Immunology, Issue 58, HIV-1, coreceptor, coreceptor antagonist, prediction of coreceptor usage, tropism, R5, X4, maraviroc, MVC
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In vitro Transcription and Capping of Gaussia Luciferase mRNA Followed by HeLa Cell Transfection
Authors: Bhairavi Jani, Ryan Fuchs.
Institutions: New England Biolabs.
In vitro transcription is the synthesis of RNA transcripts by RNA polymerase from a linear DNA template containing the corresponding promoter sequence (T7, T3, SP6) and the gene to be transcribed (Figure 1A). A typical transcription reaction consists of the template DNA, RNA polymerase, ribonucleotide triphosphates, RNase inhibitor and buffer containing Mg2+ ions. Large amounts of high quality RNA are often required for a variety of applications. Use of in vitro transcription has been reported for RNA structure and function studies such as splicing1, RNAi experiments in mammalian cells2, antisense RNA amplification by the "Eberwine method"3, microarray analysis4 and for RNA vaccine studies5. The technique can also be used for producing radiolabeled and dye labeled probes6. Warren, et al. recently reported reprogramming of human cells by transfection with in vitro transcribed capped RNA7. The T7 High Yield RNA Synthesis Kit from New England Biolabs has been designed to synthesize up to 180 μg RNA per 20 μl reaction. RNA of length up to 10kb has been successfully transcribed using this kit. Linearized plasmid DNA, PCR products and synthetic DNA oligonucleotides can be used as templates for transcription as long as they have the T7 promoter sequence upstream of the gene to be transcribed. Addition of a 5' end cap structure to the RNA is an important process in eukaryotes. It is essential for RNA stability8, efficient translation9, nuclear transport10 and splicing11. The process involves addition of a 7-methylguanosine cap at the 5' triphosphate end of the RNA. RNA capping can be carried out post-transcriptionally using capping enzymes or co-transcriptionally using cap analogs. In the enzymatic method, the mRNA is capped using the Vaccinia virus capping enzyme12,13. The enzyme adds on a 7-methylguanosine cap at the 5' end of the RNA using GTP and S-adenosyl methionine as donors (cap 0 structure). Both methods yield functionally active capped RNA suitable for transfection or other applications14 such as generating viral genomic RNA for reverse-genetic systems15 and crystallographic studies of cap binding proteins such as eIF4E16. In the method described below, the T7 High Yield RNA Synthesis Kit from NEB is used to synthesize capped and uncapped RNA transcripts of Gaussia luciferase (GLuc) and Cypridina luciferase (CLuc). A portion of the uncapped GLuc RNA is capped using the Vaccinia Capping System (NEB). A linearized plasmid containing the GLuc or CLuc gene and T7 promoter is used as the template DNA. The transcribed RNA is transfected into HeLa cells and cell culture supernatants are assayed for luciferase activity. Capped CLuc RNA is used as the internal control to normalize GLuc expression.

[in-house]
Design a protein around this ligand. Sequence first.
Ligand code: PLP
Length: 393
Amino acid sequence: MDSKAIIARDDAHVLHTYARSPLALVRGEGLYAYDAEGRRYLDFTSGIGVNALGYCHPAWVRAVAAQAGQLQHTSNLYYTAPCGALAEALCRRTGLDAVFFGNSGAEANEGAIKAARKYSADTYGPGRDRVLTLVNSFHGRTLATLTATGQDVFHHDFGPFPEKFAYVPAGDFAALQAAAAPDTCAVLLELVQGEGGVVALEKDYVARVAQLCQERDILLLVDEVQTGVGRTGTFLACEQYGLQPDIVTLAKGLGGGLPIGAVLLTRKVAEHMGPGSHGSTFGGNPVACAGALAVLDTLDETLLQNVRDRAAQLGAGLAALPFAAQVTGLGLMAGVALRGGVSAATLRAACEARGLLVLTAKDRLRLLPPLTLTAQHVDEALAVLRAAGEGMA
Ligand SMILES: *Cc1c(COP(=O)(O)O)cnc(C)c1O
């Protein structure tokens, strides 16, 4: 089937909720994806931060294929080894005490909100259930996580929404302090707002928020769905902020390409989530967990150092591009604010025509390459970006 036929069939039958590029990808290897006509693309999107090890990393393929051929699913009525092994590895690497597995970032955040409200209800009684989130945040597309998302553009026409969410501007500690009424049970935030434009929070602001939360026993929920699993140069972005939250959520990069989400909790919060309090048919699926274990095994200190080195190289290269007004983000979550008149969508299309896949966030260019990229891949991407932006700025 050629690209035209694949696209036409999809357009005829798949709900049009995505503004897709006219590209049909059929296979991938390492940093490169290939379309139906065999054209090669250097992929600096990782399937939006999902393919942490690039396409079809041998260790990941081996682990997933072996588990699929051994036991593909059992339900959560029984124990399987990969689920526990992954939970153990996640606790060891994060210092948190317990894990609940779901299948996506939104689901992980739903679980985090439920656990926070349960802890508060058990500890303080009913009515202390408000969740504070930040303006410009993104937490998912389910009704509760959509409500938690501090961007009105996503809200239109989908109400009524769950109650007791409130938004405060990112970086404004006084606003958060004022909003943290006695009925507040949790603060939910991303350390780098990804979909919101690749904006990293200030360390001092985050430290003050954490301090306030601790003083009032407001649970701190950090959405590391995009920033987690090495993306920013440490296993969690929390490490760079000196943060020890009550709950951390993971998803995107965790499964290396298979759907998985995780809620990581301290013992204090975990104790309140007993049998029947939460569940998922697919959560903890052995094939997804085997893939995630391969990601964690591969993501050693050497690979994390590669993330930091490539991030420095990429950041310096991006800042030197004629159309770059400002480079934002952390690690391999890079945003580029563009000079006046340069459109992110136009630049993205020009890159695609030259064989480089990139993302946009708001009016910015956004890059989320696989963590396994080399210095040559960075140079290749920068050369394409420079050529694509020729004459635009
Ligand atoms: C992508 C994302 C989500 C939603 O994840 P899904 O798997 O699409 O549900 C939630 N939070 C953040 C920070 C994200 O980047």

Genetics, Issue 61, In vitro transcription, Vaccinia capping enzyme, transfection, T7 RNA Polymerase, RNA synthesis
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Polymerase Chain Reaction: Basic Protocol Plus Troubleshooting and Optimization Strategies
Authors: Todd C. Lorenz.
Institutions: University of California, Los Angeles .
In the biological sciences there have been technological advances that catapult the discipline into golden ages of discovery. For example, the field of microbiology was transformed with the advent of Anton van Leeuwenhoek's microscope, which allowed scientists to visualize prokaryotes for the first time. The development of the polymerase chain reaction (PCR) is one of those innovations that changed the course of molecular science with its impact spanning countless subdisciplines in biology. The theoretical process was outlined by Keppe and coworkers in 1971; however, it was another 14 years until the complete PCR procedure was described and experimentally applied by Kary Mullis while at Cetus Corporation in 1985. Automation and refinement of this technique progressed with the introduction of a thermal stable DNA polymerase from the bacterium Thermus aquaticus, consequently the name Taq DNA polymerase. PCR is a powerful amplification technique that can generate an ample supply of a specific segment of DNA (i.e., an amplicon) from only a small amount of starting material (i.e., DNA template or target sequence). While straightforward and generally trouble-free, there are pitfalls that complicate the reaction producing spurious results. When PCR fails it can lead to many non-specific DNA products of varying sizes that appear as a ladder or smear of bands on agarose gels. Sometimes no products form at all. Another potential problem occurs when mutations are unintentionally introduced in the amplicons, resulting in a heterogeneous population of PCR products. PCR failures can become frustrating unless patience and careful troubleshooting are employed to sort out and solve the problem(s). This protocol outlines the basic principles of PCR, provides a methodology that will result in amplification of most target sequences, and presents strategies for optimizing a reaction. By following this PCR guide, students should be able to: ● Set up reactions and thermal cycling conditions for a conventional PCR experiment ● Understand the function of various reaction components and their overall effect on a PCR experiment ● Design and optimize a PCR experiment for any DNA template ● Troubleshoot failed PCR experiments
Basic Protocols, Issue 63, PCR, optimization, primer design, melting temperature, Tm, troubleshooting, additives, enhancers, template DNA quantification, thermal cycler, molecular biology, genetics
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Isolation of Fidelity Variants of RNA Viruses and Characterization of Virus Mutation Frequency
Authors: Stéphanie Beaucourt, Antonio V. Bordería, Lark L. Coffey, Nina F. Gnädig, Marta Sanz-Ramos, Yasnee Beeharry, Marco Vignuzzi.
Institutions: Institut Pasteur .